Working 9 to 5 is a way to make a living, but it’s not the only way to earn a living or build a career. Going freelance can be a daunting task, but in 2019 it’s a popular option when the rigid office life is no longer for you. Plus, the traditional workplace setting is considered dated and not useful. We’re all on the go, we want more time to do things we love and for some, the office life just isn’t the right fit. More people are considering being their own boss.
This year, HR Magazine reported that over 50% of workers are set to go freelance by 2020.
Pursuing a Freelance Career after a 9 to 5
About three months ago, I made the decision to go full-time freelance. But if you told me a year ago, that this is something I would do, I wouldn’t have believed you. Office environments can be rife with sexism, racism, and underlying bigotry that hampers career growth, especially for women of color.
And when your life changes, your needs change. Parents want flexible hours, the ability to pick up their children from work or if you struggle with chronic illness, working from home might be the best option. But the anxiety about being responsible for your earnings can be daunting. Freelancers can chat about not being able to find enough work, payment being late, and having financial issues. But being prepared and having as much information as possible is the best way to make a big life decision.
Get insight from your network
If you’re thinking about going freelance, start putting feelers out in your industry. Ask friends, former colleagues, and other freelancers about their experiences in starting out. There’s valuable information that you can get from other people. Compile a list of questions that you may have, especially if there are feelings of anxiety around what to expect. You’ll be taking a leap regardless and without fail, you’ll learn lessons along the way. But you can get some insight from those who have already walked the path you’re trying to be on.
Get your money right
Cash. Money. Dollars. Capitalism isn’t great, but we all need money to live and we all need credit records. Author and fellow freelancer, Cayleigh Bright shares her experience, saying, “Going into debt runs counter to everything that you’ve ever been told about good financial planning, but keep in mind that once you don’t have payslips – getting any credit will be a difficult journey.”
This is a time to get a handle on your finances – figure out exactly how much you’re spending and what you’ll need to live. It requires being honest with yourself, understanding patterns and knowing what you can trim from your lifestyle. If money is tight, you need to know that you’ll be able to adjust. Before I resigned from full-time employment – I saved up three months living expenses, got a credit card, and paid up all my small debt (account cards – which I used to boost my credit record). I also trimmed my expenses and got rid of things I really didn’t need. Prior to this leap, I also spent a solid three months unpacking my spending habits. I skimmed through bank statements figuring out what my unnecessary expenses were and how to combat unhealthy spending.
Start building up clients
Once you’ve made your decision and made sure your finances in order – start thinking about finding clients. And this will be a test of your ability to put yourself out there. You’ll need to learn how to promote yourself – and once you do it’s best to have an official email address and a website with updated details so people can find your services online. You’ll have to be prepared to do a bit of self-promotion so that you can build a profile and people actually know about what you can do.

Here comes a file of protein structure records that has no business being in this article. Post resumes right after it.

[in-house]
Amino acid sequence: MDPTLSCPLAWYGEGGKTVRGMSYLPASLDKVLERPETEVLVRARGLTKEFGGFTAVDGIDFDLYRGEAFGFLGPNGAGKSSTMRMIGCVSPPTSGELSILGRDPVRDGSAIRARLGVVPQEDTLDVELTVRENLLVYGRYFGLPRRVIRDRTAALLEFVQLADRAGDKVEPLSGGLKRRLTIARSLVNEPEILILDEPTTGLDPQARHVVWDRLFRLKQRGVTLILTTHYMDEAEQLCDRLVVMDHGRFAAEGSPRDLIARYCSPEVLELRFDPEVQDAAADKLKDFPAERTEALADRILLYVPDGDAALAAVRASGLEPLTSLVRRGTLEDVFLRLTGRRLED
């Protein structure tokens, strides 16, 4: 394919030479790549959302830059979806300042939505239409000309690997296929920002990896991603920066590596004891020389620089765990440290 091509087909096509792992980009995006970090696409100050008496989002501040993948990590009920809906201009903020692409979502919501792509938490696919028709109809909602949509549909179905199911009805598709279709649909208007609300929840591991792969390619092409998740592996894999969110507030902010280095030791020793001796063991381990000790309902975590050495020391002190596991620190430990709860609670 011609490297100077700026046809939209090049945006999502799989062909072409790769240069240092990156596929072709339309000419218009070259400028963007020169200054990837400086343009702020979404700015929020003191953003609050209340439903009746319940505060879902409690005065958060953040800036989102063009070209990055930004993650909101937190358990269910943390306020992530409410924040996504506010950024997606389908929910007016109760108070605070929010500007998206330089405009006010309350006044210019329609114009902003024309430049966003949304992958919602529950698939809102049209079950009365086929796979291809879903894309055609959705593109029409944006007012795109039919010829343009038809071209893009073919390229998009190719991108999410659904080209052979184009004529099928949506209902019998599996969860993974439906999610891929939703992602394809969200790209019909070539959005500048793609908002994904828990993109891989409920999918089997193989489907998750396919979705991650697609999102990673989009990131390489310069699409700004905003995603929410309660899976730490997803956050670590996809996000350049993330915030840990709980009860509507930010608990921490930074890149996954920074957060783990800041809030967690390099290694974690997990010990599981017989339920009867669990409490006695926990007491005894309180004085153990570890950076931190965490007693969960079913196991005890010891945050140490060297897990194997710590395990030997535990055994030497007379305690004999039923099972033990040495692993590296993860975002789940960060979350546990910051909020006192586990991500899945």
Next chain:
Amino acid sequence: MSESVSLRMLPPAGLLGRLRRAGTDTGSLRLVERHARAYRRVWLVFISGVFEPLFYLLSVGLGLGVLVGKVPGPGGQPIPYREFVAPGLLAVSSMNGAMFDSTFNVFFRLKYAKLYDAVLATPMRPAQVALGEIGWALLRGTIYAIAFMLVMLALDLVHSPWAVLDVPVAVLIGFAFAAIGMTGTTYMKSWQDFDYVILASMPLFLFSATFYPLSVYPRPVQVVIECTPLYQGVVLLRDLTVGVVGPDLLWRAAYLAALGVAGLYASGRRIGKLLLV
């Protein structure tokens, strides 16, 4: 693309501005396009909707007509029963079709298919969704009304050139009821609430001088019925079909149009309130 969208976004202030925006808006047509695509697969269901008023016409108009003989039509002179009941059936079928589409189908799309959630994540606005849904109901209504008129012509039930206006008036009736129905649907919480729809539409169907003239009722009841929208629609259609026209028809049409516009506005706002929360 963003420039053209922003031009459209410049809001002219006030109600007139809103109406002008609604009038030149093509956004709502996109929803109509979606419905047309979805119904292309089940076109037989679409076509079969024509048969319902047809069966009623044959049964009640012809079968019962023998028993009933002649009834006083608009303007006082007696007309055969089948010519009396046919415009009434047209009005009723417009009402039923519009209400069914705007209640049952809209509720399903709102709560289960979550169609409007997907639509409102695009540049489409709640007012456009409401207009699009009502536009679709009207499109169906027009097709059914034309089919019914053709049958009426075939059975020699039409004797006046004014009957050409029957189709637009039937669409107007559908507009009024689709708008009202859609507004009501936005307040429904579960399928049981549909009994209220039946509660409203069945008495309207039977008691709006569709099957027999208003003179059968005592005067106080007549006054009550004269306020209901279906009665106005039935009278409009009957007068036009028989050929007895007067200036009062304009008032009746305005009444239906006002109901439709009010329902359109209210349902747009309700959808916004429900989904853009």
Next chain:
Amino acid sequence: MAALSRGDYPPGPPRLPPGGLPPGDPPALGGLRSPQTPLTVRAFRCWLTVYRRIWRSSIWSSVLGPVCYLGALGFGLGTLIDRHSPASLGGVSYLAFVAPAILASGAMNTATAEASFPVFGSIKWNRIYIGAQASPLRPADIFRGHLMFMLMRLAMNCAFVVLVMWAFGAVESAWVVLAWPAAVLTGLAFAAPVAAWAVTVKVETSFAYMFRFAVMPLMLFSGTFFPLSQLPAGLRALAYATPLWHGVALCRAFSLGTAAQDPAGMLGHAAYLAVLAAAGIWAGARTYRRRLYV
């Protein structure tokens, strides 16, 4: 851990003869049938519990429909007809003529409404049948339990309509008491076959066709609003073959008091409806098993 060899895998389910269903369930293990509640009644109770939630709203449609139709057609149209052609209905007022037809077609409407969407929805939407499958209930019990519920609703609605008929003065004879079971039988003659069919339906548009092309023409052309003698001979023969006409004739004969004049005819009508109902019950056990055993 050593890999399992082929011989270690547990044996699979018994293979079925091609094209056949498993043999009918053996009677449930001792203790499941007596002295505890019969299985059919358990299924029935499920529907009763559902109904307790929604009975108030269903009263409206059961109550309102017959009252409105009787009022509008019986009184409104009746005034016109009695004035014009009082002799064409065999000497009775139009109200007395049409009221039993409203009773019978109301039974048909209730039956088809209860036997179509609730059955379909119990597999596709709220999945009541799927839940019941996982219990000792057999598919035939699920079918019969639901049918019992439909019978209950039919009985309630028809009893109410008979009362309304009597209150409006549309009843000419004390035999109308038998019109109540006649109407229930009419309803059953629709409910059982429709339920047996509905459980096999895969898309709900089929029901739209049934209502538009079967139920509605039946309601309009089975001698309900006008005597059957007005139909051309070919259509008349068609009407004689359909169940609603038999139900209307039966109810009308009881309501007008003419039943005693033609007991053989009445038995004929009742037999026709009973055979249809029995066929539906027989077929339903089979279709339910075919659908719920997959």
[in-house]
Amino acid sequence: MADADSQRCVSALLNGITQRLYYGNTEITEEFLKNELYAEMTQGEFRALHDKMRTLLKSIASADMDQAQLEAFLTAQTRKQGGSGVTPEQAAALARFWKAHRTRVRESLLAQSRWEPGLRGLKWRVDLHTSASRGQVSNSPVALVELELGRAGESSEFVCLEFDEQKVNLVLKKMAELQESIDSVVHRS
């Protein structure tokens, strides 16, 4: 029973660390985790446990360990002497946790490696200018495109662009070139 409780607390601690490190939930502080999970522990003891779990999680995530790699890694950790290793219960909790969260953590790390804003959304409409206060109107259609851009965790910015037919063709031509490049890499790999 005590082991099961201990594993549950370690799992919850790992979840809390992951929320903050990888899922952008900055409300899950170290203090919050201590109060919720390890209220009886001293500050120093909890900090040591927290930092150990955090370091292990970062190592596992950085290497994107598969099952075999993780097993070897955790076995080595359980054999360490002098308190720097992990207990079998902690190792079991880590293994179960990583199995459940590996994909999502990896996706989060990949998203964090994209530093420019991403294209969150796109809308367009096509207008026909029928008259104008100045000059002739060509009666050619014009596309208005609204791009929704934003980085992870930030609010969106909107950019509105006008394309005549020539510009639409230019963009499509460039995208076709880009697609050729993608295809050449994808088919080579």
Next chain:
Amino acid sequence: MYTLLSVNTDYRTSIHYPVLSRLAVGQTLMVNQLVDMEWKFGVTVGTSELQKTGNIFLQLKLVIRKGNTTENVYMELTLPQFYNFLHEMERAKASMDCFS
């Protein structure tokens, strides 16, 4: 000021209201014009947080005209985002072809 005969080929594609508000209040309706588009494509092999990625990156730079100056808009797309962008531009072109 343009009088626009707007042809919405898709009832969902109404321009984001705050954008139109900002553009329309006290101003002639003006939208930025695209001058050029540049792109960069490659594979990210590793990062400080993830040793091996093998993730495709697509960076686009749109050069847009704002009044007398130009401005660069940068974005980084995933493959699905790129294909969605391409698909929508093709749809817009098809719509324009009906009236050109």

And once the work comes in? Get a system in place for structuring your days. Weigh up the pros and cons of working from home. Do some research on co-working spaces if you feel like that might be beneficial for your productivity. Hot desking is a cool way to meet industry peers, expand your network, and potentially get more referrals.
Keep records of everything
It’s going to require some planning, but you need to keep track of your invoices and all the money coming into your account. Make sure you know what your country or state tax laws are so you’re able to pay the right amount when tax season comes around. If it’s all overwhelming, outsource these skills and pay someone to help you. You’re the boss now, but you’re also the one who is going to deal with all the subsequent life admin. Create a system that works for you, whether it’s physical copies of each invoice or a folder on your Google Drive.
Trust your gut
It’s not always possible but if a potential client doesn’t feel right to you – don’t get involved. Cayleigh shares her tips for this and mentions, “All clients come with their own stress because they’re human, but if something is not sitting right about a project you’re asked to quote for, you’re unlikely to regret politely declining.” If you’re just starting out, it may not be possible as you’ll need the cash flow. But it’s a valuable lesson to learn in trusting your feelings about a project. Save yourself a couple months of uncomfortable feelings, unpaid invoices, and build a client list that feels good. After all, since you’re the boss you can choose who you want to work with.
It’s a brave decision to go freelance but it may just be the ideal time to try this option out. And if it’s too overwhelming and not the right fit for you, you can always re-enter the formally employed life again.
Are you considering freelance life or have you made the leap already? We’d love to hear from you!
Related Freelance and Career Posts:
- Sharing our Best Work from Home Tips
- Career Talk: Reni Folawiyo
- How to Navigate Post-Grad Life and Career Crossroads